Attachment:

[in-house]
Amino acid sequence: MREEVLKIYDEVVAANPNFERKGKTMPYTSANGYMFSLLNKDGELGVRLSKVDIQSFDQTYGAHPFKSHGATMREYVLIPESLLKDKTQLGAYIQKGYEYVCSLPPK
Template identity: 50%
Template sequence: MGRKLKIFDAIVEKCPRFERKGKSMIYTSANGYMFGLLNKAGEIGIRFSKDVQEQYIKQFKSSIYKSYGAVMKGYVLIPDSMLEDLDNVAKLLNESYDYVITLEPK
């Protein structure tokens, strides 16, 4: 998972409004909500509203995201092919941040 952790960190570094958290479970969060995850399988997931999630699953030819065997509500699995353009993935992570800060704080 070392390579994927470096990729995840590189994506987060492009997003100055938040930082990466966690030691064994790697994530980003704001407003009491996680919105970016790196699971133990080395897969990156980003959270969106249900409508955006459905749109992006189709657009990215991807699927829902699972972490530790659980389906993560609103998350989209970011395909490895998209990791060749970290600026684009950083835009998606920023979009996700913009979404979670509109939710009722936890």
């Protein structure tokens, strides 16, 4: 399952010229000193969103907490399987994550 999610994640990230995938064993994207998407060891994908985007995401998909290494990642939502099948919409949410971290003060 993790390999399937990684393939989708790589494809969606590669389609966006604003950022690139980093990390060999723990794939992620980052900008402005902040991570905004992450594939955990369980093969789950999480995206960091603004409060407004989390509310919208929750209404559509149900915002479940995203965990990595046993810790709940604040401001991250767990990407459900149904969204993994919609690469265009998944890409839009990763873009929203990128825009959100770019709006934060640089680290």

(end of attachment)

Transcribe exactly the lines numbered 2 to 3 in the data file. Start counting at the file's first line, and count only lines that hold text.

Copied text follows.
Amino acid sequence: MREEVLKIYDEVVAANPNFERKGKTMPYTSANGYMFSLLNKDGELGVRLSKVDIQSFDQTYGAHPFKSHGATMREYVLIPESLLKDKTQLGAYIQKGYEYVCSLPPK
Template identity: 50%